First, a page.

Events in the Ukraine had me wondering about fascism, and I remembered your essay on Bush. I went back to it, and read through nearly all of Neiwert’s essay you linked. It’s interesting to read material a decade on from those events leading up to the invasion of Iraq. It was a different time.

Both your piece and Neiwert’s extended essay haven’t aged very well, no offense. We know Bush fizzled out as Iraq devolved into genocidal bloodletting and he lost serious alignment with the far right wing before the end of his second term. Frankly, coming from the extreme right background I have, I was never very worried about a Bush dictatorship. I guess my reasoning was something like, all my childhood I’d heard horror stories of how Clinton was going to hold onto office, and now as a much more liberal adult, I couldn’t put any weight to the liberal fears of a similar thing happening with Bush.

Anyway, we know Bush let his hubris and idiocy destroy the right tidal wave. But how do you view the danger of right-wing American fascism today?

It’s been 6 years of increasingly bizarre conservative extremism. It’s been easy to pass off as racists and old people, but Neiwert’s essay in particular has me wondering if this is mistaken. Certainly, it’s hard to downplay the real world successes of the extreme fringe, and the rightward track of the Republican Party is hard to ignore. And the fact that Tea Partiers and militia men are still around suggest to me that this isn’t as fringe as we on the liberal side of things would like to believe.

The question of marginalization is seemingly obvious, but by 2016 there will have been 8 years of contentious Democratic rule, an economy that hasn’t fully recovered, potentially unpopular wars in Syria and Iraq, a devolving (and increasingly fascist) climate in Europe, and the potential for a Clinton candidacy. These are all things which could push the electorate towards the GOP.

Is that GOP more likely to move further along Paxton’s five steps of fascist movements than with Bush? Violence was the missing piece for both you and Neiwert, and that hasn’t exactly changed, but a lot else seemingly has.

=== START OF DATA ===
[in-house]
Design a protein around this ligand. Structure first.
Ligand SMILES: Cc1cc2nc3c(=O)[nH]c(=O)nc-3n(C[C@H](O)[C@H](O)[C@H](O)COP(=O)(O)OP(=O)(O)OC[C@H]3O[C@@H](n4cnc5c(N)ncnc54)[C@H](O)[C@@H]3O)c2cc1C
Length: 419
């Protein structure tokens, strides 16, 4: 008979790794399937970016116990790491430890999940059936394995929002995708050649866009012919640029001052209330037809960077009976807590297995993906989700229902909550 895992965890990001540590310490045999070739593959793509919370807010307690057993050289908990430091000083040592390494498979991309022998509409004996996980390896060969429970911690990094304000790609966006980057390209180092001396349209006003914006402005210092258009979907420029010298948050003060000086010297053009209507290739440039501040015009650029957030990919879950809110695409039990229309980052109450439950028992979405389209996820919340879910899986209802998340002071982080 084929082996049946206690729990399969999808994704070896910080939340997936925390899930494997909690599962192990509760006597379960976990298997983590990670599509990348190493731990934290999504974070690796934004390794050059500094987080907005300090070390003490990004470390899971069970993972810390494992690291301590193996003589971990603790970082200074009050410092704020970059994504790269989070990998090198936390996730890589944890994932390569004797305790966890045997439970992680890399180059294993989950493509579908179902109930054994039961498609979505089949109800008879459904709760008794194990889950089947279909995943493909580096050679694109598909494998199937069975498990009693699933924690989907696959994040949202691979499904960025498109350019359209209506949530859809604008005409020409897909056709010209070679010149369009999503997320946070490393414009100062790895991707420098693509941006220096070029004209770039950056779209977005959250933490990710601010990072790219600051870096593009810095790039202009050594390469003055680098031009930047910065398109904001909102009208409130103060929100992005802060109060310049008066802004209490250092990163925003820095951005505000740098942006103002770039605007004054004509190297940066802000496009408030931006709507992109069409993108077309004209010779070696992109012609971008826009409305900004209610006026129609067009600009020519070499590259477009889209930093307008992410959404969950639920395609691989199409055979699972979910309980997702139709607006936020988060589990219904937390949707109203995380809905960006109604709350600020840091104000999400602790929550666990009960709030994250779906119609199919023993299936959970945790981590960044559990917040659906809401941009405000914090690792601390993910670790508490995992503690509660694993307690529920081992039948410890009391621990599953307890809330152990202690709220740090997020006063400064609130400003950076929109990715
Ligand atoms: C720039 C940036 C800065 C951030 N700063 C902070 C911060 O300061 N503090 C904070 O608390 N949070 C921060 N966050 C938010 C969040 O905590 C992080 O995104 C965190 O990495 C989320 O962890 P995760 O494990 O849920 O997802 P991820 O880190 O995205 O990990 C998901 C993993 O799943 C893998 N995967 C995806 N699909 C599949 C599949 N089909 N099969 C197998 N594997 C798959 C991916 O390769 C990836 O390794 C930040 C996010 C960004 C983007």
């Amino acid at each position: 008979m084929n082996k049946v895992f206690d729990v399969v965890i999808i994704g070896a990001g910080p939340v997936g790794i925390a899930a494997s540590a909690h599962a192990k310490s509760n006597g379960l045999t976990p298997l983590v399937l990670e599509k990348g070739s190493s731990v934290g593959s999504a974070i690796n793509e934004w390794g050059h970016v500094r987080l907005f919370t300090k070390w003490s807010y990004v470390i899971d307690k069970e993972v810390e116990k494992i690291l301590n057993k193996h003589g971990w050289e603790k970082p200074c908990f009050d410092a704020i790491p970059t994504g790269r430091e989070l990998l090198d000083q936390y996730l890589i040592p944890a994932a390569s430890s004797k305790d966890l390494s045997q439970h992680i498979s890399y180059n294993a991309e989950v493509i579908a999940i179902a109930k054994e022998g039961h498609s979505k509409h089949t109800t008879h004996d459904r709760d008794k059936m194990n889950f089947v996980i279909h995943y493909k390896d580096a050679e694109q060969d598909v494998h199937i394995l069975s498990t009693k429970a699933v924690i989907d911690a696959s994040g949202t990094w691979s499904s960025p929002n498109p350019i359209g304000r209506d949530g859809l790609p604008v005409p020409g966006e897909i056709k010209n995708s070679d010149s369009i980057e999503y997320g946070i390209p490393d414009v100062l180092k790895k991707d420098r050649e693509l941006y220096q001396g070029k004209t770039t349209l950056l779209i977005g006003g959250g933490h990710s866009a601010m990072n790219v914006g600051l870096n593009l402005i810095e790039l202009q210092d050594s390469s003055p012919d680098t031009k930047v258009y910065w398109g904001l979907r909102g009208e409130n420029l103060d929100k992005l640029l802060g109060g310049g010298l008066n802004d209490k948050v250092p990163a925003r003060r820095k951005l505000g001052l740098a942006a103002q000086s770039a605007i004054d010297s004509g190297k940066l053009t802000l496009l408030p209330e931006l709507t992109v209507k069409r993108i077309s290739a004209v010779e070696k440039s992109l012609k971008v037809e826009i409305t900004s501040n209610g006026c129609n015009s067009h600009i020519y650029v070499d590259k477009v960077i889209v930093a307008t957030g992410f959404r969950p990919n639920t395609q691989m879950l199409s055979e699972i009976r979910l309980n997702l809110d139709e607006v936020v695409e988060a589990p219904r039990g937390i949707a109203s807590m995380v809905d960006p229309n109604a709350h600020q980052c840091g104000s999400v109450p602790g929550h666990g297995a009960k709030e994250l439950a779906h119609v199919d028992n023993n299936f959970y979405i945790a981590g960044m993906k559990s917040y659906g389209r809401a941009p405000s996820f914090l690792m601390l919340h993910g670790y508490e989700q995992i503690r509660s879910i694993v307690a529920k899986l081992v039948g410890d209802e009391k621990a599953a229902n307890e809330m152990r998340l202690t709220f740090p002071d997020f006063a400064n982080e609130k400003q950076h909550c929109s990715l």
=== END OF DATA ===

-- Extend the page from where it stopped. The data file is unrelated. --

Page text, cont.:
—Matthew

I think you’ve put your finger on a paradox: the right has become crazier and crazier, and yet the threat to democracy seems less. There were some worrying moments in 2009— wingnuts fantasizing about military coups or assassinations.  But they turned their attention to winning the House in 2010.

So, the basic answer to why they haven’t turned to violence is that they haven’t needed to. They have the House and a good chance at picking up the Sentate this year. They have 29 Republican state governors, 28 state legislatures, and 5 of 9 Supreme Court justices.   They can’t get everything they want, but they can bust unions, shut down abortion clinics, punish the electorate with austerity measures, stop gun laws, restrict voting rights, and obstruct a liberal agenda in Congress. 

As you say, times change— ten years ago they not only held the whole federal government, but it seemed (to them and to their enemies) as if they might be settling in for a long haul of governing.  But the demographics, and their own zealotry, makes that seem less and less likely. Their message is out of date and they’ve systematically outraged every constituency but straight, old, white, Christian males.  And yet there’s nothing pushing them to change in the short term. I don’t see how they can continue on this path for twenty more years… but they can easily keep going as they are for five or ten years.

I’m not too worried about the other things you mention. I don’t think Obama has any intention of restarting the war in Iraq. European politics never affects the US.  And though a Clinton presidency looked in 2008 like it would be horribly contentious, well, that’s business as usual today. 

But 2016 will be interesting. The GOP generally nominates the most centrist guy they can find— though they hate themselves for doing it. But do they have any non-crazies left?  

Edit: Forgot to add that though the vehemence of the extreme right always seems surprising, actually it’s been that way forever. You can easily recognize the Tea Party and the birthers in Richard Hofstadter’s 1964 essay “The Paranoid Style in American Politics“.

Since the enemy is thought of as being totally evil and totally unappeasable, he must be totally eliminated—if not from the world, at least from the theatre of operations to which the paranoid directs his attention. This demand for total triumph leads to the formulation of hopelessly unrealistic goals, and since these goals are not even remotely attainable, failure constantly heightens the paranoid’s sense of frustration. Even partial success leaves him with the same feeling of powerlessness with which he began, and this in turn only strengthens his awareness of the vast and terrifying quality of the enemy he opposes.

The enemy list changes over time, but the style remains. 

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